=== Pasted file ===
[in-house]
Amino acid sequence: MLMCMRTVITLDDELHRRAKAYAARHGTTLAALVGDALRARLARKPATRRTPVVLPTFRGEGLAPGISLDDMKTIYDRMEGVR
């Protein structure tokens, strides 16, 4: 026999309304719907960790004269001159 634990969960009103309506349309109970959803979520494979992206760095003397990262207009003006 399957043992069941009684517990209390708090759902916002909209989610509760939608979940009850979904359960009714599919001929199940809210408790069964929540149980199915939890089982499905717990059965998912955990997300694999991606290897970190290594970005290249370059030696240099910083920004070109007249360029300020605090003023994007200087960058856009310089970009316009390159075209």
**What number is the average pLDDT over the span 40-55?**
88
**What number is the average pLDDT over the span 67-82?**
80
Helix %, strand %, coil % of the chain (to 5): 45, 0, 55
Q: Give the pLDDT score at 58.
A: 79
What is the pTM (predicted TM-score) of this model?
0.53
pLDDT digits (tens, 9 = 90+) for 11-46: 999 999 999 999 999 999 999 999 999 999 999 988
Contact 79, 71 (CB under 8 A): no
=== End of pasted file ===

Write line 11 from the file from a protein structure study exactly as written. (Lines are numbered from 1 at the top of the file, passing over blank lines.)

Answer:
What is the pTM (predicted TM-score) of this model?